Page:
Document Type

Conference Proceeding


95th ACSA Annual Meeting

Publication Date



Philadelphia, PA


At the beginning of the twenty-first century, we inhabit a world in which relationships between time and space have been turned upside down and we can no longer rely on traditional concepts of place to establish our identities. Buying a watch on ebay that is made in Denmark, sold in India, paid for with funds from a bank in New York, and then shipped to Chicago exemplifies the common contemporary condition in which we simultaneously inhabit several locations separated by thousands of miles. Time and space have been compressed and, as architects, we can choose to either react by nostalgically reasserting traditional ideas of boundary and place or by attempting to create new types that embrace and embody the qualities of our contemporary condition.1 This paper will present two examples of urban buildings that follow the latter route and explain how their strategies reveal a new definition of urban place.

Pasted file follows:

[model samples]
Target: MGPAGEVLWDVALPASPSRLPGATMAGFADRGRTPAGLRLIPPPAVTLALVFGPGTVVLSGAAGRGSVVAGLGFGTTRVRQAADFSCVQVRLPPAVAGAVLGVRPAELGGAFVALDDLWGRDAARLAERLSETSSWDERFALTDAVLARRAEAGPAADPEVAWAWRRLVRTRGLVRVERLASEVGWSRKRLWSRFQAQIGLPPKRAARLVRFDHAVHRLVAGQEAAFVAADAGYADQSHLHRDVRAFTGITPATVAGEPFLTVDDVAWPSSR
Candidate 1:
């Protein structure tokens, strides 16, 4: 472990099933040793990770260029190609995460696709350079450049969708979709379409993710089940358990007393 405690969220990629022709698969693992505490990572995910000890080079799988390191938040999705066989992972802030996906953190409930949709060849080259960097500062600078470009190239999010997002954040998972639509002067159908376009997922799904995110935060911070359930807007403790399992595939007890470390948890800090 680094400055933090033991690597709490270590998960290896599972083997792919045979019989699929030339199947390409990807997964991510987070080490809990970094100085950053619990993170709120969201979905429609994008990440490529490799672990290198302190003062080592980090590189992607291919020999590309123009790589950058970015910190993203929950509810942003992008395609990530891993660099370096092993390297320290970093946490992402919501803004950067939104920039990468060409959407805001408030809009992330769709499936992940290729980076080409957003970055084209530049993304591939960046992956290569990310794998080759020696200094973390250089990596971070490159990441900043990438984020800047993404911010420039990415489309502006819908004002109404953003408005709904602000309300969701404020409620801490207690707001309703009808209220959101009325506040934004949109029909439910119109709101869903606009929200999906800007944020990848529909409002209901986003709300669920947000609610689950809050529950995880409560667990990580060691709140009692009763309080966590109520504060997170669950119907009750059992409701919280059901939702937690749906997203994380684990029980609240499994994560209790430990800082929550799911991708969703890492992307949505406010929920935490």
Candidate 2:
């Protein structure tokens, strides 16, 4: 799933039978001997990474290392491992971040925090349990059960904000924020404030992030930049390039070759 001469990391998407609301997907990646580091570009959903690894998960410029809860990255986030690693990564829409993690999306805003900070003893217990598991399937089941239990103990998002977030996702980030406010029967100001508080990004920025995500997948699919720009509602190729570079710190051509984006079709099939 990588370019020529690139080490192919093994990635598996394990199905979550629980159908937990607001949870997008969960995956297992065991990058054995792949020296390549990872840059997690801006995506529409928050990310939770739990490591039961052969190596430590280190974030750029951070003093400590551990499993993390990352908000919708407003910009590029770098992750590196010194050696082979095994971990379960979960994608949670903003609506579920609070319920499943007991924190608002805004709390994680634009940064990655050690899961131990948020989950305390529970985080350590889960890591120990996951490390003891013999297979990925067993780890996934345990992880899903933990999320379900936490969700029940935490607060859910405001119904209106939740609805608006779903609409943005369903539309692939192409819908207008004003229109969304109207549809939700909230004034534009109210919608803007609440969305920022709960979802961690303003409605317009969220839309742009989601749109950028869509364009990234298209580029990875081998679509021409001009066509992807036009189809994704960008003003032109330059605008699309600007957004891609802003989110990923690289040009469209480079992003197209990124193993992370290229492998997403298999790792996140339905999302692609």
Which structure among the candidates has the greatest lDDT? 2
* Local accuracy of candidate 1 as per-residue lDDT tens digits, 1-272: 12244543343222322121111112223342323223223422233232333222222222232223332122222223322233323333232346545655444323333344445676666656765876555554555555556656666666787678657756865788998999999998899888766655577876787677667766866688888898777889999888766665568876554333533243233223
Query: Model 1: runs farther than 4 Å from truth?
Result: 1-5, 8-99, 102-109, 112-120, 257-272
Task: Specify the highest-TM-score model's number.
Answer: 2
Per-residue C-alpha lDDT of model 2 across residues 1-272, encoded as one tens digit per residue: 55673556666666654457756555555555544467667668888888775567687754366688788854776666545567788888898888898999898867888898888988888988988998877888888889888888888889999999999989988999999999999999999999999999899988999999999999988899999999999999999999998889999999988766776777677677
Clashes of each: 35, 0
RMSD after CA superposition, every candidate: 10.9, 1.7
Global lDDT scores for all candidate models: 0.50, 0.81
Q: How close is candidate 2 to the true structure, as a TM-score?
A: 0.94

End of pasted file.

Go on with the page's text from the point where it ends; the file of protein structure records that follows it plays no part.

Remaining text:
Published in Judith Bing and Catherine Veikos, eds., Fresh Air: 2007 ACSA Annual Meeting, Philadelphia, PA (Washington, DC: ACSA Press, 2007), 478-483.

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